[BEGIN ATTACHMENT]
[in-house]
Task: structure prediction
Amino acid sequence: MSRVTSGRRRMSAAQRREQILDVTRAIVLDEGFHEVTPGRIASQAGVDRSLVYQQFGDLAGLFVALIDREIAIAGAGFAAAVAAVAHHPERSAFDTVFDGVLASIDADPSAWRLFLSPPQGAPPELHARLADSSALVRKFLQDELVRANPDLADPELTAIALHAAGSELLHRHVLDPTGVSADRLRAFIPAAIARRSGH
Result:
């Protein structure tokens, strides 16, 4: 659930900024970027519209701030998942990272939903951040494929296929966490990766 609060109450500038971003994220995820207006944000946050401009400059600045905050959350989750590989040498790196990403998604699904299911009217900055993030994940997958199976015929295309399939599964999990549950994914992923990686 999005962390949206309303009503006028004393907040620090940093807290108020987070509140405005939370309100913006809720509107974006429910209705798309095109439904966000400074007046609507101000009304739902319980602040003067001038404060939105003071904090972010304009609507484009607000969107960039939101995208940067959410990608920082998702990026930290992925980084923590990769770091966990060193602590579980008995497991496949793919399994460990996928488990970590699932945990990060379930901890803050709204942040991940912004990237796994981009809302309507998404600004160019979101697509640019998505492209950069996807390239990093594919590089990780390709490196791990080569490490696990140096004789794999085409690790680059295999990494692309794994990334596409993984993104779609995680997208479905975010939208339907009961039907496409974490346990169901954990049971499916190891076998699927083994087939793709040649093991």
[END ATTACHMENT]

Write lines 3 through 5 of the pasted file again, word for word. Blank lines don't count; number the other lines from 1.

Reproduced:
Amino acid sequence: MSRVTSGRRRMSAAQRREQILDVTRAIVLDEGFHEVTPGRIASQAGVDRSLVYQQFGDLAGLFVALIDREIAIAGAGFAAAVAAVAHHPERSAFDTVFDGVLASIDADPSAWRLFLSPPQGAPPELHARLADSSALVRKFLQDELVRANPDLADPELTAIALHAAGSELLHRHVLDPTGVSADRLRAFIPAAIARRSGH
Result:
């Protein structure tokens, strides 16, 4: 659930900024970027519209701030998942990272939903951040494929296929966490990766 609060109450500038971003994220995820207006944000946050401009400059600045905050959350989750590989040498790196990403998604699904299911009217900055993030994940997958199976015929295309399939599964999990549950994914992923990686 999005962390949206309303009503006028004393907040620090940093807290108020987070509140405005939370309100913006809720509107974006429910209705798309095109439904966000400074007046609507101000009304739902319980602040003067001038404060939105003071904090972010304009609507484009607000969107960039939101995208940067959410990608920082998702990026930290992925980084923590990769770091966990060193602590579980008995497991496949793919399994460990996928488990970590699932945990990060379930901890803050709204942040991940912004990237796994981009809302309507998404600004160019979101697509640019998505492209950069996807390239990093594919590089990780390709490196791990080569490490696990140096004789794999085409690790680059295999990494692309794994990334596409993984993104779609995680997208479905975010939208339907009961039907496409974490346990169901954990049971499916190891076998699927083994087939793709040649093991």